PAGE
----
Sample Design

Timeliness was a key priority in this survey and therefore the sample and subsequent weighting process is one of convenience to some extent. Some consideration needs to be given to the potential impact of sample design on response rates and achieved sample:

  • The original LFS sample from which this sample was selected was based on Census 2011 data and designed to represent the population then, so new additions to the population may not be fully represented.
  • The sampling frame excludes people who do not live in private households, so may not cover some of those more likely to be negatively affected by the spread of the disease.
  • The sampling frame was composed of individuals who had responded through 5 waves of the LFS survey, which could have introduced bias into the sample, as their characteristics may differ in some way to people more inclined to drop out of a longitudinal sample over time.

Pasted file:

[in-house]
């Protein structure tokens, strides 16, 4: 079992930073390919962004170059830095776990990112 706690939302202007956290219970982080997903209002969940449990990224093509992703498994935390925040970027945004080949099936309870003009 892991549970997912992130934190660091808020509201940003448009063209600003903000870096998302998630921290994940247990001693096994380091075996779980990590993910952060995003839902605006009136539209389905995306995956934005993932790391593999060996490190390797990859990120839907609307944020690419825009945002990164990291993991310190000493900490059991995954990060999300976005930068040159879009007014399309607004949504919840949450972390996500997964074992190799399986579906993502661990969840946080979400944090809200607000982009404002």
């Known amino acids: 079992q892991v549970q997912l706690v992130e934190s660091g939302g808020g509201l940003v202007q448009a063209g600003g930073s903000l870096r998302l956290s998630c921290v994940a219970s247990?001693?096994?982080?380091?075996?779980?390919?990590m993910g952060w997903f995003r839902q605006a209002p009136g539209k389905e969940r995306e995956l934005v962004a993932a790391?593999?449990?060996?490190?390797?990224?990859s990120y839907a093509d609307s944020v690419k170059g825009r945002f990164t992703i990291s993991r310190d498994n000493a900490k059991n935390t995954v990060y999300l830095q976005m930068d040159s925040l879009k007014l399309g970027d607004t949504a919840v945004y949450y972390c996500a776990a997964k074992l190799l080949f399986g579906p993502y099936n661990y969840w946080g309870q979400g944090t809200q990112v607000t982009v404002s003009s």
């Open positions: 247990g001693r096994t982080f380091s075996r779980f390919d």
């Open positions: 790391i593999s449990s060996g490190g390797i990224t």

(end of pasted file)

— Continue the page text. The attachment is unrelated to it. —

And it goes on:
• The sample did not include people that did not provide an email address, which means members of the population less likely to have an email address, such as older people or people without internet access, were likely to be underrepresented.
  • There is a mode effect, whereby the method of administration of the questionnaire can impact responses. For example, the presence of an interviewer in CATI can encourage a higher response rate compared to self-administered web questionnaires. On the other hand, sensitive questions may be more honestly answered without an interviewer present.